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Cursillo Community The candidates of Cursillo #87 will begin their climb tonight, October 26th. AlI Cursillistas are asked to remember the men and the team this weekend. The diocesan leadership of the Cursillo movement has presented its pastoral plan for this area for the coming year. Among changes will be a strong effort to increase the leadership potential of team members. In addition to encouraging . new candidates, a strong thrust will be made in the direction of alIowing them to relate to the total CursiIlo team from the beginning, thus letting them witness the team community spirit. Such suggestions reflect the work being done to update and revaluate the effectiveness of the Cursillo movement in the diocese. With greater openness, it is hoped that some misunderstandings that have existed will be eliminated, thus encouraging greater effectiveness of the movement. The diocesan Leaders' School will shortly begin its four month program. Goals include creation of a broader leadership base for the movement; study of diocesan needs and ways to meet them; and development of greater interaction between members. Those interested in sponsoring 'Cursillo candidates may be interested in a pre-Cursillo tool for parish use. A 30-minute movie, "CursiIlo: Three Days 'with Christ," it is available from Mark IV Productions, c/o Father Roger Chauvette, La Salette, Enfield, N.H.

Last Message LOURDES, France (NC) More than 3,000 sick people attended the Fourth International Pilgrimage for the Lame and Paralyzed to the Shrine of Lourdes in southern France. At Lourdes, it was announced that Pope John Paul I composed a greeting to the pilgrims dated Sept. 28 at 7:30 p.m., about four hours before his death. The message asked the Lord to give the pilgrims "the mercy of strength and peace in their difficult trial."

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WEIGHT WATCHERS The Authority: $7.00 first meeting, then $3.00 weekly. No contracts. Men, Women, Teens welcome at any meeting. Join now! For Further Information Call Toll Free: 1·800·372·2740 or write Box 336, So. Attleboro, Mass. 02703 FALL RIVER - Tuesdays 6 PM Retail Clerks Union Hall, 291 McGowan Street FALL RIVER (DOWNTOWN) - Wednesdays 9:30 AM Fall River Inn, Milliken Boulevard FALL RIVER - Wednesdays 7 PM Elks Club, 4500 North Main Street ATTLEBORO - Mondays 9:30 AM and 7:30 PM VFW Building, 196 Pleasant Street FAIRHAVEN - Wednesdays 7:30 PM VFW, 126 Main Street NEW BEDFORD - Tuesdays 6 PM and 8 PM, Thurs. 10 AM, VFW, 929 Ashley Blvd. NEW BEDFORD (DOWNTOWN) - Wednesdays 10 AM YMCA, 25 South Water Street NORTH ATTLEBORO - Thursdays 7:30 PM K of C, 287 Smith Street NORTH DARTMOUTH - Wednesdays 7:30 PM Smith Mills Congregational Church, Route 6 PORTSMOUTH - Tuesdays 9:30 AM and 7:30 PM Ramada Inn, Routes 138·114 SOMERSET - Mondays 7:30 PM, Thursdays 9:30 AM, 6 PM and 8 PM, Weight Watchers Center, 1618 GAR Highway, Route 6 (near Brightman Oil) SWANSEA - Tuesdays 7:30 PM K of C, 143 Old Warren Road TAUNTON - Wednesdays 10 AM and 5:30 PM YMCA, 71 Cohannet Street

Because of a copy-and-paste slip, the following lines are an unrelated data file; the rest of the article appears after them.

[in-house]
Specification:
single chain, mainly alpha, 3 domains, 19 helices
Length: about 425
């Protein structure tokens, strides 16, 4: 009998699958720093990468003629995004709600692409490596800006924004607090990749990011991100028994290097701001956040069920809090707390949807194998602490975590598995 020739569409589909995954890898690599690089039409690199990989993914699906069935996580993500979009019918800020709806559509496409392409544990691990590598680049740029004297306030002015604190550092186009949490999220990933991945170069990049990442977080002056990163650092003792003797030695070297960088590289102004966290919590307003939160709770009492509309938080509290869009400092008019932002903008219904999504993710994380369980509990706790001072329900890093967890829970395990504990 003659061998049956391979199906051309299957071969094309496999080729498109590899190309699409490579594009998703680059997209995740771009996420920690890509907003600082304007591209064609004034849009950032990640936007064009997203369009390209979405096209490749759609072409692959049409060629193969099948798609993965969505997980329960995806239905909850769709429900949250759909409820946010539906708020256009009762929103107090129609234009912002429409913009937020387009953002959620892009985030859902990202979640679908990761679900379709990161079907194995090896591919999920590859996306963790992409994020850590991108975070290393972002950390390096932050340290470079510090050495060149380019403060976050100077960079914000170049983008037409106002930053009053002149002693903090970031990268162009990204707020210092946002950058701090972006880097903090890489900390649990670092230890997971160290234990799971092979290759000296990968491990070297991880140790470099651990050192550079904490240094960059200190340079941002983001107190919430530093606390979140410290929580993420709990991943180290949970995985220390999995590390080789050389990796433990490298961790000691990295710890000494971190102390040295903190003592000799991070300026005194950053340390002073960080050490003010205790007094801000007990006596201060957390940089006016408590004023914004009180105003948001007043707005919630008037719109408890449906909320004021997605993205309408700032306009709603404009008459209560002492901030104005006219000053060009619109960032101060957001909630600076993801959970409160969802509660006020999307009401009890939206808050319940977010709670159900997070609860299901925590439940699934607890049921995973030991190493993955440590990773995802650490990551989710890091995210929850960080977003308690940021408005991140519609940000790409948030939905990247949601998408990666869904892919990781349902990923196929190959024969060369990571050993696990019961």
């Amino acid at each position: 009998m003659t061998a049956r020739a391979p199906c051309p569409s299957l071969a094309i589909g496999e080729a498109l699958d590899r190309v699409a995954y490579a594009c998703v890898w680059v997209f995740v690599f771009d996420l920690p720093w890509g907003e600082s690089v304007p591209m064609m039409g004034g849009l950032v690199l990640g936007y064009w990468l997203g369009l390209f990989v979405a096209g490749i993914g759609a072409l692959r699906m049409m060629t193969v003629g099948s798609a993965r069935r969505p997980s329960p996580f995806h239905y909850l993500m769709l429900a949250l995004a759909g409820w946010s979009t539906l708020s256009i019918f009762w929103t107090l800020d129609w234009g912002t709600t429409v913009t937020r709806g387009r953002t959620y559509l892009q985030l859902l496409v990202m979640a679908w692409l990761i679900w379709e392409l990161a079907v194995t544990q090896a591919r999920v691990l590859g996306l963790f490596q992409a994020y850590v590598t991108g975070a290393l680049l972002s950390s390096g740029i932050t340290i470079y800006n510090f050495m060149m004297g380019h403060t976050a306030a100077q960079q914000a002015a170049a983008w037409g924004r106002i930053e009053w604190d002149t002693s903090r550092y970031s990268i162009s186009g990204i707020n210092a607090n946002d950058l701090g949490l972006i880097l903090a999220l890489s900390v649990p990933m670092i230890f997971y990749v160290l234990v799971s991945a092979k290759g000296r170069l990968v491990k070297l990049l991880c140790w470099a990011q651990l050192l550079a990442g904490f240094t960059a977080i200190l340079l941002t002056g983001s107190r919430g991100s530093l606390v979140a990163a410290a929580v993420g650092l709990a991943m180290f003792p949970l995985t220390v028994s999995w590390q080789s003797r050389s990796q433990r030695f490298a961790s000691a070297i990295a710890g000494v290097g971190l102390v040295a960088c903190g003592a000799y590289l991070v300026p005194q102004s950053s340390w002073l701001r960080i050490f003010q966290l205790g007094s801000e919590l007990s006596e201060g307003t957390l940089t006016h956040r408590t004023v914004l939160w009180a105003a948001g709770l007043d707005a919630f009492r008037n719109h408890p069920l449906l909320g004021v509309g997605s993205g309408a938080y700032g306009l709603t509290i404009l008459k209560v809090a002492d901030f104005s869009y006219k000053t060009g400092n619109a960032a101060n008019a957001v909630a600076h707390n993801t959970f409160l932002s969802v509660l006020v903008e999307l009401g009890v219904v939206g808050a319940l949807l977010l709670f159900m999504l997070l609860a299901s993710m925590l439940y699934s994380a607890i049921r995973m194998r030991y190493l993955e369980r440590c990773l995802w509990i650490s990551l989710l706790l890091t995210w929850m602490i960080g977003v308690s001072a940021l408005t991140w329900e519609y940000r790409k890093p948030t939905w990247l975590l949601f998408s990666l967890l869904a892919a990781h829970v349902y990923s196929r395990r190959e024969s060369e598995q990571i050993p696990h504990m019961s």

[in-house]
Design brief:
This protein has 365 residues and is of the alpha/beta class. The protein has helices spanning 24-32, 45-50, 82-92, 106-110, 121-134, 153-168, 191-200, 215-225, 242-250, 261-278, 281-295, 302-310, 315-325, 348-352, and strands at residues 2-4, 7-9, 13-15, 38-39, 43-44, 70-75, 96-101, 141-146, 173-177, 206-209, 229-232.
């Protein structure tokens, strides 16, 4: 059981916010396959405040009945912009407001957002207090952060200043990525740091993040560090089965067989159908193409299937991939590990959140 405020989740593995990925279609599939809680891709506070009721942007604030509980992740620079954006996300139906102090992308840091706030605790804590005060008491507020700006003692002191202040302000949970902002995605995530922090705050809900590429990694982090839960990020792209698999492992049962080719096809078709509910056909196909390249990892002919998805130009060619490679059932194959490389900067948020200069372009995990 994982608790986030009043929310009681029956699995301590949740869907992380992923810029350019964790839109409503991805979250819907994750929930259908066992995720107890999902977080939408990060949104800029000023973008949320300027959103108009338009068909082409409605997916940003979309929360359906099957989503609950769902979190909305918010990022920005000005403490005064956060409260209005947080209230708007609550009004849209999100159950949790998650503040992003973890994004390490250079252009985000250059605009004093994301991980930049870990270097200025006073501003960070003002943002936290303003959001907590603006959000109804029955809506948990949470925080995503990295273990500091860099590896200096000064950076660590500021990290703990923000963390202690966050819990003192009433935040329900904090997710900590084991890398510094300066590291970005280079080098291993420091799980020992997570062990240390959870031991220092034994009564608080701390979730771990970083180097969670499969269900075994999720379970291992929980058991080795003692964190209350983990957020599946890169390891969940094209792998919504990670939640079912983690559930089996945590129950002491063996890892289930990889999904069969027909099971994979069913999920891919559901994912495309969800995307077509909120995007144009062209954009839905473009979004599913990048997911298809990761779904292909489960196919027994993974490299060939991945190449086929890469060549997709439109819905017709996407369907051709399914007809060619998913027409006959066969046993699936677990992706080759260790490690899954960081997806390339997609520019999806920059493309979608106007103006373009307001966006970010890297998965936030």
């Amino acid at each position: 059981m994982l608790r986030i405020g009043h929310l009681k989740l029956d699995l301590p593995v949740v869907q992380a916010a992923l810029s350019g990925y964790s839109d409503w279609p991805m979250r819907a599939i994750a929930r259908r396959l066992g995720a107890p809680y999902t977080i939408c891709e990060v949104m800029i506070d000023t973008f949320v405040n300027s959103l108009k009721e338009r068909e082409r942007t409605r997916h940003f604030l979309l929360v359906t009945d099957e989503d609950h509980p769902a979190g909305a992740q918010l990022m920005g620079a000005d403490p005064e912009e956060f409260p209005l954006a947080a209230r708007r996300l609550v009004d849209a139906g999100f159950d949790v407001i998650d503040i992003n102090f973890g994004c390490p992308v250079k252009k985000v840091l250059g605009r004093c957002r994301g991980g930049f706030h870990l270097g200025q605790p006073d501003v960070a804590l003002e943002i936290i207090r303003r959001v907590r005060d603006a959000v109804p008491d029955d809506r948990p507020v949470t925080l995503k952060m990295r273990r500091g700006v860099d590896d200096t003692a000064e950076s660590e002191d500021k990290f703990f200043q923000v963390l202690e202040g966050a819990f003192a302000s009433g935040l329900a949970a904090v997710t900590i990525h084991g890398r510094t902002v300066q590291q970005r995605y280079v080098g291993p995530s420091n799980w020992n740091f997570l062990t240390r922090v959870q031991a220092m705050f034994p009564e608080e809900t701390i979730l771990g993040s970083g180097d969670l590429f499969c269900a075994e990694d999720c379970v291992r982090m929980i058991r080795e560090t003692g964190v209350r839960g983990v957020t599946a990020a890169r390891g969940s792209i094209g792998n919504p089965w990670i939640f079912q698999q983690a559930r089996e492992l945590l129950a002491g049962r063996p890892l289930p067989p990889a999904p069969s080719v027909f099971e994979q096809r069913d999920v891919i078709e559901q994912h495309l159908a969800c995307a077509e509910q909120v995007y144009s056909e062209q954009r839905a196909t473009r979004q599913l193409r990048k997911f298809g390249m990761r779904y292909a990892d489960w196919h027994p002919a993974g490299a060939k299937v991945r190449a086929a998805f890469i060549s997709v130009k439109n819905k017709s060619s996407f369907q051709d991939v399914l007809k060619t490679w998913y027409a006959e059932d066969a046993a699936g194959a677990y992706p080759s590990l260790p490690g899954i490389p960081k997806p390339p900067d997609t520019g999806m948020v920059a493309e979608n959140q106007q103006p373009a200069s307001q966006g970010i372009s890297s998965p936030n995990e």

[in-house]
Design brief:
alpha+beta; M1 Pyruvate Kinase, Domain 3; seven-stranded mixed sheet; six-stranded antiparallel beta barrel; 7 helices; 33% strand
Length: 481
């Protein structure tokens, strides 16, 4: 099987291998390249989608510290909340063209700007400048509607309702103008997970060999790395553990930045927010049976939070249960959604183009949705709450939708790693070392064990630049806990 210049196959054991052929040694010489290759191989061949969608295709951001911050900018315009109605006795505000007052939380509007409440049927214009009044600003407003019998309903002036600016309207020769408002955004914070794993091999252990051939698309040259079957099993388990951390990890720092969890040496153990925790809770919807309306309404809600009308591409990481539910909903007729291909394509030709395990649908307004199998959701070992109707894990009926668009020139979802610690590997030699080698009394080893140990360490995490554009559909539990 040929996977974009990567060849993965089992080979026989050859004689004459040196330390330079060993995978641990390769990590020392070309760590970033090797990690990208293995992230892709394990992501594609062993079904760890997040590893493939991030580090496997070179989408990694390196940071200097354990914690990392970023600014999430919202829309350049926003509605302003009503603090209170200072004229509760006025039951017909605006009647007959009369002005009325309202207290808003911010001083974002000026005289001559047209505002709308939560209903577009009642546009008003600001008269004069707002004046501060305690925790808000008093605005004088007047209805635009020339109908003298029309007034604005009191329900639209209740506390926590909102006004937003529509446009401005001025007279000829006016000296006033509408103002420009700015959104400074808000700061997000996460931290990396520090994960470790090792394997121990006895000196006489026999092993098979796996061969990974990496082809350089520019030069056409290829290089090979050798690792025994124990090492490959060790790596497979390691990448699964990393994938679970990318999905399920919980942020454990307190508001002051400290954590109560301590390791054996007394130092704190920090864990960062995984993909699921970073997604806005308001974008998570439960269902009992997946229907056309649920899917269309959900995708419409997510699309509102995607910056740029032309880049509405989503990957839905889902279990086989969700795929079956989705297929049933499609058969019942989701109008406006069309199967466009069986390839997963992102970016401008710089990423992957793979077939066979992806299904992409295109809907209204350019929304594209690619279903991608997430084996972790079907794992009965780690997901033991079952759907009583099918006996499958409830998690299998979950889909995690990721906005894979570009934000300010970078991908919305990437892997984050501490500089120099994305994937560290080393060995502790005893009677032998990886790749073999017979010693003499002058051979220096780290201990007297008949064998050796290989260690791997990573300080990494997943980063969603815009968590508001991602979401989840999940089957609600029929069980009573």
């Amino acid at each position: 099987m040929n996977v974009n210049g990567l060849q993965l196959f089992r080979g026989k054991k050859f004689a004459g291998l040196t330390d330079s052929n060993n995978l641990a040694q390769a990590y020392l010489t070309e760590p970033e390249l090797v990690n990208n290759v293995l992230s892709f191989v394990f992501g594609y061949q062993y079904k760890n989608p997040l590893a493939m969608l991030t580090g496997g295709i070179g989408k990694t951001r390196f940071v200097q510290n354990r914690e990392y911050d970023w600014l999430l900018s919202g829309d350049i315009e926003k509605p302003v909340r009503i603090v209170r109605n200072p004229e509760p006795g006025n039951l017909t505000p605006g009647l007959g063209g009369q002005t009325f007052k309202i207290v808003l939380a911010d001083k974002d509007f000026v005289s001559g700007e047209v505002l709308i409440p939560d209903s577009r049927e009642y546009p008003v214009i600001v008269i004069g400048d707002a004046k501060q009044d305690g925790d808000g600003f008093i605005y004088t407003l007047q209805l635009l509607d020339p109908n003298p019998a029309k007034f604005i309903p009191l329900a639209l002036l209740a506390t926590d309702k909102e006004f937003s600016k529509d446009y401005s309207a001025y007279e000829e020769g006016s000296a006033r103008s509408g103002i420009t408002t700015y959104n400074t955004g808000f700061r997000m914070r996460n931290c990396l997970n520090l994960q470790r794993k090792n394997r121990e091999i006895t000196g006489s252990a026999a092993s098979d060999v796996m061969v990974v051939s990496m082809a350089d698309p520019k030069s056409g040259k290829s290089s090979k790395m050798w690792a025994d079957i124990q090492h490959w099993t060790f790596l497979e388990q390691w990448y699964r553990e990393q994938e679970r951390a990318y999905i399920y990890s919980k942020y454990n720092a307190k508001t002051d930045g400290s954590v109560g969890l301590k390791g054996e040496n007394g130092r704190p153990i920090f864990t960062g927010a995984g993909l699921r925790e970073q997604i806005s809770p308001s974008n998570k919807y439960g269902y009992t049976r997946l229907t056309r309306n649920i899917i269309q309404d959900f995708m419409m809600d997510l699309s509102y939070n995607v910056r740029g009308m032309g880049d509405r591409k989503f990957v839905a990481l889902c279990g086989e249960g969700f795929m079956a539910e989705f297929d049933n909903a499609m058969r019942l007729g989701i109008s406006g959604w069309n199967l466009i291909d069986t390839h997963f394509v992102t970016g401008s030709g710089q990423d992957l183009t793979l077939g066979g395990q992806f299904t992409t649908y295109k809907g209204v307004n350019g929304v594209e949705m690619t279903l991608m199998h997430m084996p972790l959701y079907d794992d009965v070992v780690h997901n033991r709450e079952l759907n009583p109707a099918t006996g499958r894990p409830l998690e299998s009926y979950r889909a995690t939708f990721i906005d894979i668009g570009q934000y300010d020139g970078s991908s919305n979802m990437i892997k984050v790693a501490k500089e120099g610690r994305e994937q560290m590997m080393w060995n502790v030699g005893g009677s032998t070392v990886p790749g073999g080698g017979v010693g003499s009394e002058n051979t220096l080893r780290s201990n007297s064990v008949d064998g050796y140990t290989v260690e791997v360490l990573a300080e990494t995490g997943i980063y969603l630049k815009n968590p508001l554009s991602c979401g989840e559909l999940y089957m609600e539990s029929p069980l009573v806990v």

• 12

THE ANCHOR-Diocese of Fall River-Thur., Oct. 26, 1978 ' $


For Children

II John the Baptist

By Janaan Manternach

By Father John J. Castelot

(With this issue of The Anchor, the Know Your Faith page will begin including a children's column for pre-teens to read or have read to them.) Our first story is about an unusual man named John. He lived 20 centuries ago in Israel. His clothes were rough camel hair and he ate only honey and locust seed. He wandered through the desert telling people, "The Lord is coming. You must change your lives." Crowds came out to hear him and asked, "What should we do?" He told them, "The man who has two coats should give one to him who has none. The man who has food should share it with those in need." Tax collectors, who collected money from the people for the government, also asked John what to do. "Don't cheat anyone," he told them. And soldiers asked him, "What about us?" John told them, "Don't bully anyone. Don't lie about others." If people were willing to change their lives, John baptized them in the Jordan River. He submerged them and raised them from the water as a sign that they were starting a new life. John's followers knew he was a good man; They felt he was a prophet, one God sends to speak in his name. They began wondering if he might be the Messiah, the one God would send to free them. John knew this and he said, "I am not the Messiah," John knew that he was to prepare the way for someone greater than himself, but he did not know who it would be. He never guessed that it was his cousin, Jesus. Then one day Jesus came to John to be baptized. As John baptized Jesus, he heard God's voice saying, "This is my beloved Son. My favor rests on him." John told his friends that Jesus was the one they were waiting for. Many became Jesus' followers. As Jesus began to preach and draw people to himself, John stepped back. He told his friends that Jesus "must increase and I must decrease." By that, John meant that Jesus was the important one whom they should follow. But Jesus did not act as John had thought the Messiah would. Jesus ate and drank with people John could only see as sinners. So John wondered more and more about him. Finally he sent his friends to ask Jesus point-blank if he were the one all Israel had been waiting for. Jesus answered by quoting a text from the Hebrew Tum to Page Thirteen

The earliest proclamation of the good news began with the ministry of John the Baptist. It was to him that the first recorded words of Jesus in his own public ministry were addressed. From this moment on, until John was executed, there was a strange, rather distant relationship between the two.

Where is God, oh, where is God?